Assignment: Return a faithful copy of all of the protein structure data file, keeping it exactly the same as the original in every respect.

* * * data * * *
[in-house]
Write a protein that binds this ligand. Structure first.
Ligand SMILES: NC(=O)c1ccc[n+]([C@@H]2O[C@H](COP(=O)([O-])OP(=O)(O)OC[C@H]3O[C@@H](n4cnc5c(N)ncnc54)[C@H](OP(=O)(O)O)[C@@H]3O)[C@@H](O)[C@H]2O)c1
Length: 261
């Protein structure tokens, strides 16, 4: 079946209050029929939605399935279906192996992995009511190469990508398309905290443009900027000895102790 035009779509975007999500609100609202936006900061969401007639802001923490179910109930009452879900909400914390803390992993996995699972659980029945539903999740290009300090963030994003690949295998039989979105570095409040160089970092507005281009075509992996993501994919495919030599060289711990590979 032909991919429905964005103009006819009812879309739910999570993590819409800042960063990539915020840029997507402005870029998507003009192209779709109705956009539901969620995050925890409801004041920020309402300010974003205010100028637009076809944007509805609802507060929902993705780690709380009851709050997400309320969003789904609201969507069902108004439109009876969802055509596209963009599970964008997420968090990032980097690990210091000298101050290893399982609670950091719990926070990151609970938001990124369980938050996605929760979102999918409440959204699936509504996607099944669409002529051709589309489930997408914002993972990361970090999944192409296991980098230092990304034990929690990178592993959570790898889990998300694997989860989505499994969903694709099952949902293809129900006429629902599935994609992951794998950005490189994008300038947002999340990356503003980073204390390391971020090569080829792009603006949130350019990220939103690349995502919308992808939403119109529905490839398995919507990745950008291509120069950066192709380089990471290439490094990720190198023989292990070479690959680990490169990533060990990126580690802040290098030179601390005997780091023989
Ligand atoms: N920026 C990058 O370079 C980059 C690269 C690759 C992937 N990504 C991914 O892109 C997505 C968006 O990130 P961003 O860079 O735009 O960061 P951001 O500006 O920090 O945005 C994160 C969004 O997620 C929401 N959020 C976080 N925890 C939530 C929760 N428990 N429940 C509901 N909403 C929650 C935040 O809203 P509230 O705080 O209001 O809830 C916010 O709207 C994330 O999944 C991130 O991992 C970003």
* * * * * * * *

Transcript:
[in-house]
Write a protein that binds this ligand. Structure first.
Ligand SMILES: NC(=O)c1ccc[n+]([C@@H]2O[C@H](COP(=O)([O-])OP(=O)(O)OC[C@H]3O[C@@H](n4cnc5c(N)ncnc54)[C@H](OP(=O)(O)O)[C@@H]3O)[C@@H](O)[C@H]2O)c1
Length: 261
């Protein structure tokens, strides 16, 4: 079946209050029929939605399935279906192996992995009511190469990508398309905290443009900027000895102790 035009779509975007999500609100609202936006900061969401007639802001923490179910109930009452879900909400914390803390992993996995699972659980029945539903999740290009300090963030994003690949295998039989979105570095409040160089970092507005281009075509992996993501994919495919030599060289711990590979 032909991919429905964005103009006819009812879309739910999570993590819409800042960063990539915020840029997507402005870029998507003009192209779709109705956009539901969620995050925890409801004041920020309402300010974003205010100028637009076809944007509805609802507060929902993705780690709380009851709050997400309320969003789904609201969507069902108004439109009876969802055509596209963009599970964008997420968090990032980097690990210091000298101050290893399982609670950091719990926070990151609970938001990124369980938050996605929760979102999918409440959204699936509504996607099944669409002529051709589309489930997408914002993972990361970090999944192409296991980098230092990304034990929690990178592993959570790898889990998300694997989860989505499994969903694709099952949902293809129900006429629902599935994609992951794998950005490189994008300038947002999340990356503003980073204390390391971020090569080829792009603006949130350019990220939103690349995502919308992808939403119109529905490839398995919507990745950008291509120069950066192709380089990471290439490094990720190198023989292990070479690959680990490169990533060990990126580690802040290098030179601390005997780091023989
Ligand atoms: N920026 C990058 O370079 C980059 C690269 C690759 C992937 N990504 C991914 O892109 C997505 C968006 O990130 P961003 O860079 O735009 O960061 P951001 O500006 O920090 O945005 C994160 C969004 O997620 C929401 N959020 C976080 N925890 C939530 C929760 N428990 N429940 C509901 N909403 C929650 C935040 O809203 P509230 O705080 O209001 O809830 C916010 O709207 C994330 O999944 C991130 O991992 C970003």